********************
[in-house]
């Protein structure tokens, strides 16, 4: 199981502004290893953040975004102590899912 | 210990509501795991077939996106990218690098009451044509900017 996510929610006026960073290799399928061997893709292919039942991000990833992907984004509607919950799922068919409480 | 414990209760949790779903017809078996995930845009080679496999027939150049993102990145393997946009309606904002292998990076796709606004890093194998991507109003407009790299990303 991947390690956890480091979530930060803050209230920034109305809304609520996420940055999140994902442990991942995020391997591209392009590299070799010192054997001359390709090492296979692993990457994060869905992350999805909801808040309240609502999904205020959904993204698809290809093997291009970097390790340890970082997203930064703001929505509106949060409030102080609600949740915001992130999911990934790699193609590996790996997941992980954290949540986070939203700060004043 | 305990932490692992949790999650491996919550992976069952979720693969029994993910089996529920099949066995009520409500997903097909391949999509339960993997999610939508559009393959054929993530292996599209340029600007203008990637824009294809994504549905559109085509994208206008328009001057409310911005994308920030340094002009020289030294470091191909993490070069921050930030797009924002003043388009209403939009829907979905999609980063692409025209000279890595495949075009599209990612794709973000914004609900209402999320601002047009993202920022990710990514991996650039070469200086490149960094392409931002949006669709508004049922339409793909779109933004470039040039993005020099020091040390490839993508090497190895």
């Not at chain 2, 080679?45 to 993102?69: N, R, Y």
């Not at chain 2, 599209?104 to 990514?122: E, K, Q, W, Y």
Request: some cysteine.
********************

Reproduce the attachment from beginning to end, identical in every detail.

[in-house]
């Protein structure tokens, strides 16, 4: 199981502004290893953040975004102590899912 | 210990509501795991077939996106990218690098009451044509900017 996510929610006026960073290799399928061997893709292919039942991000990833992907984004509607919950799922068919409480 | 414990209760949790779903017809078996995930845009080679496999027939150049993102990145393997946009309606904002292998990076796709606004890093194998991507109003407009790299990303 991947390690956890480091979530930060803050209230920034109305809304609520996420940055999140994902442990991942995020391997591209392009590299070799010192054997001359390709090492296979692993990457994060869905992350999805909801808040309240609502999904205020959904993204698809290809093997291009970097390790340890970082997203930064703001929505509106949060409030102080609600949740915001992130999911990934790699193609590996790996997941992980954290949540986070939203700060004043 | 305990932490692992949790999650491996919550992976069952979720693969029994993910089996529920099949066995009520409500997903097909391949999509339960993997999610939508559009393959054929993530292996599209340029600007203008990637824009294809994504549905559109085509994208206008328009001057409310911005994308920030340094002009020289030294470091191909993490070069921050930030797009924002003043388009209403939009829907979905999609980063692409025209000279890595495949075009599209990612794709973000914004609900209402999320601002047009993202920022990710990514991996650039070469200086490149960094392409931002949006669709508004049922339409793909779109933004470039040039993005020099020091040390490839993508090497190895």
């Not at chain 2, 080679?45 to 993102?69: N, R, Y």
């Not at chain 2, 599209?104 to 990514?122: E, K, Q, W, Y």
Request: some cysteine.